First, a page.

There’s a tangle of tension in this what with Luc in love with Maggie and refusing to tell her or acknowledge his loving her to Cash. And Maggie and Cash are in love, but Cash refuses to confirm his love because of the damage he suffered. The three of them continually hint about the horrific event that changed their lives, and Walker says nothing! Arghh. The reasons why Cash and Luc bailed out of town, why Maggie feels such guilt over her parents’ tragic deaths and whatever happened to that danged bully, the Plan…the Viking funeral, lol. It’s enough to drive one mad.
I love Walker’s description of entering Maggie’s building. It’s the first time I’ve ever felt New Orleans… It was excellent show, making me feel the humidity, the age, glorious:
“…through the short tunnel into the courtyard. The brick pavers are old and rounded at the edges. Some are jacketed in a soft layer of green moss. Others are crumbling or missing…”
Oh, man, Maggie’s pets…I love imagining Leonard riding around on that Roomba. Makes me want one to see if my kits would do this, ROFLMAO. Then there’s Sally Renee who comes off badly at first, and then we learn an unexpected (and sweet) truth that made me want to cry for her.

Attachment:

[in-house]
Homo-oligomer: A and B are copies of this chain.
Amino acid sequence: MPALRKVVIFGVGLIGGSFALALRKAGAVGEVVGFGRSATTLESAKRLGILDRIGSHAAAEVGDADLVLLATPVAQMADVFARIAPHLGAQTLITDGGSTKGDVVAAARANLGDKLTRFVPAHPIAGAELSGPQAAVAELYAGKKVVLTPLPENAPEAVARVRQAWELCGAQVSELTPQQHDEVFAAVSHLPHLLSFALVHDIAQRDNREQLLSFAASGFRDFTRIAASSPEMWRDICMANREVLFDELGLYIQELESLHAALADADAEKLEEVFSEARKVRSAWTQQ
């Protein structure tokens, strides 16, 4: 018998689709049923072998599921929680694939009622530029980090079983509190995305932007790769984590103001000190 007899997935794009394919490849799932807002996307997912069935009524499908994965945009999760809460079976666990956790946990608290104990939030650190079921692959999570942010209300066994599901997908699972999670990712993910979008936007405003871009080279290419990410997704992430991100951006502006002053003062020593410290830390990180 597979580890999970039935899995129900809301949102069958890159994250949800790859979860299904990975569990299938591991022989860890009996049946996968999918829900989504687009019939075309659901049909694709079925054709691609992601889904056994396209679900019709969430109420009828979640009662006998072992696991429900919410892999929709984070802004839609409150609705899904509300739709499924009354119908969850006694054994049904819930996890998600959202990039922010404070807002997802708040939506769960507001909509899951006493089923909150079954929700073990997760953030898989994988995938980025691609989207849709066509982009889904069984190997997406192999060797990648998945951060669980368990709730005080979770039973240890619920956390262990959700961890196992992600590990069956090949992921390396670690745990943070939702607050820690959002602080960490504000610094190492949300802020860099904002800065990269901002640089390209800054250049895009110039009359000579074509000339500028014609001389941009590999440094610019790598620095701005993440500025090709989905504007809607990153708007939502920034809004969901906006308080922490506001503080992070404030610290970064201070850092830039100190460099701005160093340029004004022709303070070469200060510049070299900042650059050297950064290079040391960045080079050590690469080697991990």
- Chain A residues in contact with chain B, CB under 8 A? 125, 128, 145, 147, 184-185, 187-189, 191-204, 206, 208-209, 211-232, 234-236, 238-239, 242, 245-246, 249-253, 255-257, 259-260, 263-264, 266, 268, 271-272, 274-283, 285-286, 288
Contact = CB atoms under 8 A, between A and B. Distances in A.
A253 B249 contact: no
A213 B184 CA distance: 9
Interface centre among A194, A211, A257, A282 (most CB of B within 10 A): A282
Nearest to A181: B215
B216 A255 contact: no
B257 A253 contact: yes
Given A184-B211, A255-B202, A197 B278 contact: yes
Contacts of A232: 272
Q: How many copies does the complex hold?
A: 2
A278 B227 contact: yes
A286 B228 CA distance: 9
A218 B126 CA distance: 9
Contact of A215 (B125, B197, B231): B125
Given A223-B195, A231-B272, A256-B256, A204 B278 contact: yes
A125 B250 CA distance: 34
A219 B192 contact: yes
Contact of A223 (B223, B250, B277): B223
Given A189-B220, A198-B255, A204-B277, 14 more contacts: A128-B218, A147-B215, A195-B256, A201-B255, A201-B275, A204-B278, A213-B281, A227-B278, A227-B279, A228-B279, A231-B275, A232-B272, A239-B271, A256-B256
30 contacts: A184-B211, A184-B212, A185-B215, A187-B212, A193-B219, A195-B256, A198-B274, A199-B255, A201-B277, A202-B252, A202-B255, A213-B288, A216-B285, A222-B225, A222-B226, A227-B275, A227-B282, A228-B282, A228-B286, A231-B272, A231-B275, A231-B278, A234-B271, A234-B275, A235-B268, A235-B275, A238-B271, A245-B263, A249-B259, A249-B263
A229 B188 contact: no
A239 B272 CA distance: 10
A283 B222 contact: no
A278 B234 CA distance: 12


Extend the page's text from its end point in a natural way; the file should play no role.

“Southern women are sledgehammers camouflaged as fluffy marshmallows.”
It’s love. It’s loyalty. It’s protective. Annnd, as Eva points out:
“You [Maggie] tend to spend a lot of time living in the past and putting a lot of emphasis on what was. I think maybe that stops you from seeing what is.”
It’s a character-driven story with a lot of flashbacks that provide insight into the threesome’s past. And it will make you want to cry for the sacrifices and good times these three had.
Luc and Cash have left the Green Berets and come home. Home to face the music of both New Orleans and their third musketeer, Maggie May. For the two of them had run out on Maggie. Haven’t spoken to her in ten years.
Now they’re back.
Twenty-six-year-old Magnolia “Maggie” May Carter has fulfilled one dream with Bon Temps Rouler, the bar she’s owned for the past four years. She volunteers at the animal shelter, hence Yard, her three-legged dog; Leonard, a tabby cat with a love for Roombas; and, Sheldon, a black-and-white cat who doesn’t normally warm up to people.